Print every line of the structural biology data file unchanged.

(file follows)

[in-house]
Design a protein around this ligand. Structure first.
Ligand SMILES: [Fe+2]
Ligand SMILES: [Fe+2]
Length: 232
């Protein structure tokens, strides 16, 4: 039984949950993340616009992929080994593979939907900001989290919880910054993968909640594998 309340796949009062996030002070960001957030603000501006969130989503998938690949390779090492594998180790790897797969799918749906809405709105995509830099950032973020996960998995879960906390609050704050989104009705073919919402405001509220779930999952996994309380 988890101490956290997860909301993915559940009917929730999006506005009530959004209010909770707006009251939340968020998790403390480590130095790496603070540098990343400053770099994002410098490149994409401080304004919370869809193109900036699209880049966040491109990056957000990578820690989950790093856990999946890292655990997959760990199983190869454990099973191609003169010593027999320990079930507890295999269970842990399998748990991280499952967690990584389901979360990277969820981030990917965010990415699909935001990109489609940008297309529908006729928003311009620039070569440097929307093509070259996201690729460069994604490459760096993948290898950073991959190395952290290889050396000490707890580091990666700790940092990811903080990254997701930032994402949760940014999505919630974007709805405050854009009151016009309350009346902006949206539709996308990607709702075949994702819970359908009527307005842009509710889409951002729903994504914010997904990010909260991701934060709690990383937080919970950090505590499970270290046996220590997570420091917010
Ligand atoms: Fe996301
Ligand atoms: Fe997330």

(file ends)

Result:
[in-house]
Design a protein around this ligand. Structure first.
Ligand SMILES: [Fe+2]
Ligand SMILES: [Fe+2]
Length: 232
């Protein structure tokens, strides 16, 4: 039984949950993340616009992929080994593979939907900001989290919880910054993968909640594998 309340796949009062996030002070960001957030603000501006969130989503998938690949390779090492594998180790790897797969799918749906809405709105995509830099950032973020996960998995879960906390609050704050989104009705073919919402405001509220779930999952996994309380 988890101490956290997860909301993915559940009917929730999006506005009530959004209010909770707006009251939340968020998790403390480590130095790496603070540098990343400053770099994002410098490149994409401080304004919370869809193109900036699209880049966040491109990056957000990578820690989950790093856990999946890292655990997959760990199983190869454990099973191609003169010593027999320990079930507890295999269970842990399998748990991280499952967690990584389901979360990277969820981030990917965010990415699909935001990109489609940008297309529908006729928003311009620039070569440097929307093509070259996201690729460069994604490459760096993948290898950073991959190395952290290889050396000490707890580091990666700790940092990811903080990254997701930032994402949760940014999505919630974007709805405050854009009151016009309350009346902006949206539709996308990607709702075949994702819970359908009527307005842009509710889409951002729903994504914010997904990010909260991701934060709690990383937080919970950090505590499970270290046996220590997570420091917010
Ligand atoms: Fe996301
Ligand atoms: Fe997330």